Veteran jazz man Jeff Kressler gets lifetime award
Don’t look for a merchandise table at the Jazz Alliance of Mid-Michigan’s ninth annual tribute concert Sunday. This year’s honoree, pianist-composer Jeff Kressler, doesn’t have a new CD. Or any old ones, either.
“I’d never sell any,” he shrugged. “Besides, why go through the torment? I’d never be satisfied with it.”
Kressler, a journeyman jazz man and band director in DeWitt for 28 years, would rather play the gig at hand, make a dry remark and move on.
A sparkling, supple piano style and a deadpan, self-effacing manner make Kressler the least sensational of subjects. There is no such thing as the Jeff Kressler Trio and probably won’t ever be. But jazz insiders know Kressler as a protean talent who can pivot on a dime. One minute he’s writing an oomphing arrangement for the MSU Marching Band; the next, he’s conjuring delicate flickers of melody that recall lyrical jazz pianist Bill Evans.
“If I’m with a real traditional band, — say, Dixieland — I try to fit into that bag and sound like an old-time piano player,” Kressler said. “If I’m with a more modern group, I’ll try to sound like that. Sometimes it’s good, sometimes not so good, but it’s always changing.”
He never wanted to play jazz for a living. “You never know when you’re going to play,” he said. “Your income is determined by bar managers who know how to order beer, but not how to present an artist.”
Being a teacher saved him from all that. “It allowed me to play on weekends, get to know people. If you hang around long enough, you get to be known.”
Staying power is the least of Kressler’s skills, but you need to find a more effusive jazz peer to blow Kressler’s horn any louder. Vocalist Sunny Wilkinson has known Kressler for almost 25 years, and worked with him several times.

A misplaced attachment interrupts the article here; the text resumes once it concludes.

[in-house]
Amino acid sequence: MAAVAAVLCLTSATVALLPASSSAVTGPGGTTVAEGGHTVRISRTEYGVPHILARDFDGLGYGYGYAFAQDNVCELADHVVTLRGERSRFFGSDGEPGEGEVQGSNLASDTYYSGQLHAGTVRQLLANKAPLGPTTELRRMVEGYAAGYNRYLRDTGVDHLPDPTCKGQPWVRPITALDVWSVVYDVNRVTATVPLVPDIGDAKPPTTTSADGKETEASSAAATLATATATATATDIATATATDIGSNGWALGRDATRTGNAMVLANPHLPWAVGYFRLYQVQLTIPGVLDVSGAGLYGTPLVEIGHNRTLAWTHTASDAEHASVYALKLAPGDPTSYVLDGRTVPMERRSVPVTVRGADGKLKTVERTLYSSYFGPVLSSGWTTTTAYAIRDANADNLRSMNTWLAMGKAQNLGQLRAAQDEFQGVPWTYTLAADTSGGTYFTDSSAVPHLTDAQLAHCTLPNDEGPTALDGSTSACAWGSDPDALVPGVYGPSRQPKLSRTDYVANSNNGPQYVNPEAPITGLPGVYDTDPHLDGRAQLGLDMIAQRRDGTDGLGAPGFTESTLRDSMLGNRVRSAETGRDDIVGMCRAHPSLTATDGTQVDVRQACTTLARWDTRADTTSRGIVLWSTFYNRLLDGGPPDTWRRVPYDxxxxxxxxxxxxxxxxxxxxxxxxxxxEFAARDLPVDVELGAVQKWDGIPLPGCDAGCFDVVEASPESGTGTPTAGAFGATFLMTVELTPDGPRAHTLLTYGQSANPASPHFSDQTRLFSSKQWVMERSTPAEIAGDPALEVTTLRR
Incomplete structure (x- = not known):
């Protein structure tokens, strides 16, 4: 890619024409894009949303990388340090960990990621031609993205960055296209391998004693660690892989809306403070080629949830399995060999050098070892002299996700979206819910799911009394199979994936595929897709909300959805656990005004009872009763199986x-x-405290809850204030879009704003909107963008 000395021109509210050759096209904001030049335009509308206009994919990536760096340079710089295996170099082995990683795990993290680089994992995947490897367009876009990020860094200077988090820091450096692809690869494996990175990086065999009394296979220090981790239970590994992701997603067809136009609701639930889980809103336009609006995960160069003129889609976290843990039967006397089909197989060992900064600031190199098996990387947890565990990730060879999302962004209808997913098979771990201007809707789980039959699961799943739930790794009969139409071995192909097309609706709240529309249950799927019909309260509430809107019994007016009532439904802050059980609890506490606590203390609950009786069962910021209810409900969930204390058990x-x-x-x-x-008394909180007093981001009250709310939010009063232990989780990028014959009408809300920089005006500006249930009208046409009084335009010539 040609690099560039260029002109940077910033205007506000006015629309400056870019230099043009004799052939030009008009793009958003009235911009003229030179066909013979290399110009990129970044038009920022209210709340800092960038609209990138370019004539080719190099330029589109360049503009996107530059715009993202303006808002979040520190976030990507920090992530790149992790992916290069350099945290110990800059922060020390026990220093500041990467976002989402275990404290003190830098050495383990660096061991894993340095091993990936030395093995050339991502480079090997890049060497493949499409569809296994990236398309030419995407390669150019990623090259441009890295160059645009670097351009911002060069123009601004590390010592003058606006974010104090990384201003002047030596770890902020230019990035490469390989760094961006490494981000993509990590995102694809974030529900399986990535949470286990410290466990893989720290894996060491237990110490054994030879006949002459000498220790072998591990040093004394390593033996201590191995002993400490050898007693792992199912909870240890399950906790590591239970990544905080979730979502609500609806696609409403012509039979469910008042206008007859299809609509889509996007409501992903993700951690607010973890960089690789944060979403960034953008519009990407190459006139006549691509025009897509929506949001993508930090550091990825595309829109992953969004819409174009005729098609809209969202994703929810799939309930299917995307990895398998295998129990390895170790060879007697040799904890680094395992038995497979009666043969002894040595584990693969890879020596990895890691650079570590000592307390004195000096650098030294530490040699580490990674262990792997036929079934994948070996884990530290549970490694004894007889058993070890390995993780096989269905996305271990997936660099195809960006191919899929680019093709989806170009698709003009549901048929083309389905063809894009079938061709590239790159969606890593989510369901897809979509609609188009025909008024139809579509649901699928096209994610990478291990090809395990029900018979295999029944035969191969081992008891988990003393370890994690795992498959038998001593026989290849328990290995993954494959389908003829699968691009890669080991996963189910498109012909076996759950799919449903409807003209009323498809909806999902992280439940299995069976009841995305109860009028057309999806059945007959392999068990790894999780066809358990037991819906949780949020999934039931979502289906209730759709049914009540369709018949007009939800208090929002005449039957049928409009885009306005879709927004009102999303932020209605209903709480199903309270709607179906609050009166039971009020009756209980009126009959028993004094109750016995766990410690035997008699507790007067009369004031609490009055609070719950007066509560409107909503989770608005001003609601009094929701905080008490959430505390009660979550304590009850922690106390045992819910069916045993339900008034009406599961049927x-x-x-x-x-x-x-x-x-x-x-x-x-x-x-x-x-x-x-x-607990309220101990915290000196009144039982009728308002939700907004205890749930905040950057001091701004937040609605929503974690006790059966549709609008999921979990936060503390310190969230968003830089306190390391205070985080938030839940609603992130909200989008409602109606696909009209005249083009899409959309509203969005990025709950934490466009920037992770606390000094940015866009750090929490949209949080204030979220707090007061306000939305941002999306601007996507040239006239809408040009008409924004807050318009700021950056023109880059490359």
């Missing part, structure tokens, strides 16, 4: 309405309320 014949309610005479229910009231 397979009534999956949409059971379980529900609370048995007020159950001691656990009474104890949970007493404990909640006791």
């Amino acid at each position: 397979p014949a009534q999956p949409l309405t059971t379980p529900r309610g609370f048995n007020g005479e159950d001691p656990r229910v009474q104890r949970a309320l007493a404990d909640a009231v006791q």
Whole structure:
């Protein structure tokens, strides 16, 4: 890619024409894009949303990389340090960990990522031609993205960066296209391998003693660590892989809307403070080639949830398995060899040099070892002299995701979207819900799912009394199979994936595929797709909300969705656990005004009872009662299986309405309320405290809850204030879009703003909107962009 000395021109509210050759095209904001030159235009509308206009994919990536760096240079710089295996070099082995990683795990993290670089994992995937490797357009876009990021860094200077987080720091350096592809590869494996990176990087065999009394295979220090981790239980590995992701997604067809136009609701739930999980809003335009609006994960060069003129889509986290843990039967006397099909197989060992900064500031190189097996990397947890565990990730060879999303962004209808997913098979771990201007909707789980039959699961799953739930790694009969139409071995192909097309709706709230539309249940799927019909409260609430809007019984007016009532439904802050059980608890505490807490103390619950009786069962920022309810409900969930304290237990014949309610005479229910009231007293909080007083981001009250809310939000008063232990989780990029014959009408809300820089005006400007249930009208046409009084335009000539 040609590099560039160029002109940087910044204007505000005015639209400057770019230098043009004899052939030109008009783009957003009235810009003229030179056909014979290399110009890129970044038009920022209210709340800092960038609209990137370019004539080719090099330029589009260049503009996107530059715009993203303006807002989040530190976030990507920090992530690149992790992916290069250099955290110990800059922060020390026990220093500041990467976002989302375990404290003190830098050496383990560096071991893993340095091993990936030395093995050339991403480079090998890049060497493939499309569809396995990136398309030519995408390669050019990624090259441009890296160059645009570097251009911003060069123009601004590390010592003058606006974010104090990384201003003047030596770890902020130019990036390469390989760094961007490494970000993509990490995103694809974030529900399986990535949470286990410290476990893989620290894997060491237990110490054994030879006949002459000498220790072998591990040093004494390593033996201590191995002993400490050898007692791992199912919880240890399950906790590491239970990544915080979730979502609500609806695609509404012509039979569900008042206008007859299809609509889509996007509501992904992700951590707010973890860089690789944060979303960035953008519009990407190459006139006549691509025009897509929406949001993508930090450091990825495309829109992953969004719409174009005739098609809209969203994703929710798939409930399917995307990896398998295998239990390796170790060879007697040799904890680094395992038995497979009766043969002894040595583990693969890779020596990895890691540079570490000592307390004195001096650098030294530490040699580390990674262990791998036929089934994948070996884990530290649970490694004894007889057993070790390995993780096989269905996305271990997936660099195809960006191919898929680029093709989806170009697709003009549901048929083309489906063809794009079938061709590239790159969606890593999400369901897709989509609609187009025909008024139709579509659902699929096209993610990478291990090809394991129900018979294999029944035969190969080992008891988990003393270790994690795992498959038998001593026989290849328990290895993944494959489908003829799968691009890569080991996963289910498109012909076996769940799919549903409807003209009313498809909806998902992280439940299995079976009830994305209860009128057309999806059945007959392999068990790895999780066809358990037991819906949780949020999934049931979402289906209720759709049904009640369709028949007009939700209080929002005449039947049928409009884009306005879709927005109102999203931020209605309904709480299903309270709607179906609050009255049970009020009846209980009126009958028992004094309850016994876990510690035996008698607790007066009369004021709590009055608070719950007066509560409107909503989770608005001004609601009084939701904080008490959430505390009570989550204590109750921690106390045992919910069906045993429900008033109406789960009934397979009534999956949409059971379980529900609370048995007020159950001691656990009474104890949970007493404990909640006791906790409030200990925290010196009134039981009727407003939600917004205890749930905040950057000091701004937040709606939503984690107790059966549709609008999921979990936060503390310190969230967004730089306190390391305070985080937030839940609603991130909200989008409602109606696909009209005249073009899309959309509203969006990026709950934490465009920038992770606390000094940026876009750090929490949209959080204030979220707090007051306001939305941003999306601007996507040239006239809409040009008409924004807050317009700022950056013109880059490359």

Wilkinson said Kressler’s quiet excellence makes him ideally suited as an accompanist.
“He swings along with you, lifts you up, fills the space that needs to be filled and no more,” Wilkinson said.
It took time for Kressler to settle into his lifelong groove. Growing up in Jackson, he played euphonium, trombone and saxophone, “trying to find something I was good at.” His clarinet-playing dad and violin-playing mom were both teachers; his dad was a band director.
Kressler took organ lessons as a kid, played in churches and still does it now and then, even though his legs are too short to reach the pedals.
“I like that medium, although it’s completely different from jazz,” he said.
He enjoyed his dad’s music, but he really got into jazz with a circle of friends at a school in the farm town of Merrill, Michigan.
“I had played jazz before, but I sounded like a white guy playing jazz,” he said. Drafted into the Army during the Vietnam War, he played in a band at Fort Benjamin Harris, near Indianapolis, home of jazz icons Wes Montgomery and J. J. Johnson. Between the army band and swinging nightlife in Indianapolis at hot spots like the Club 440, Kressler was exposed to a lot of music.
In Lansing, he spent many years accompanying singer Patti Richards at various now-defunct Lansing-area venues.
Kressler is retired from his school gig, but still very much on the scene. Kressler plays in a zone of concentration and serenity that gets more interesting the more you watch him. He isn’t the kind of musician who goes on and on about his art, but if you push him, he readily admits that playing jazz is a soulful experience.
“And I get paid a couple bucks,” he added.
JAMM Tribute to Jeff Kressler 2 p.m.-5 p.m. Sunday, Nov. 12 MSU Community Music School 4930 S. Hagadorn Road, East Lansing $15-25 tickets available at jazzjamm.com or at the door.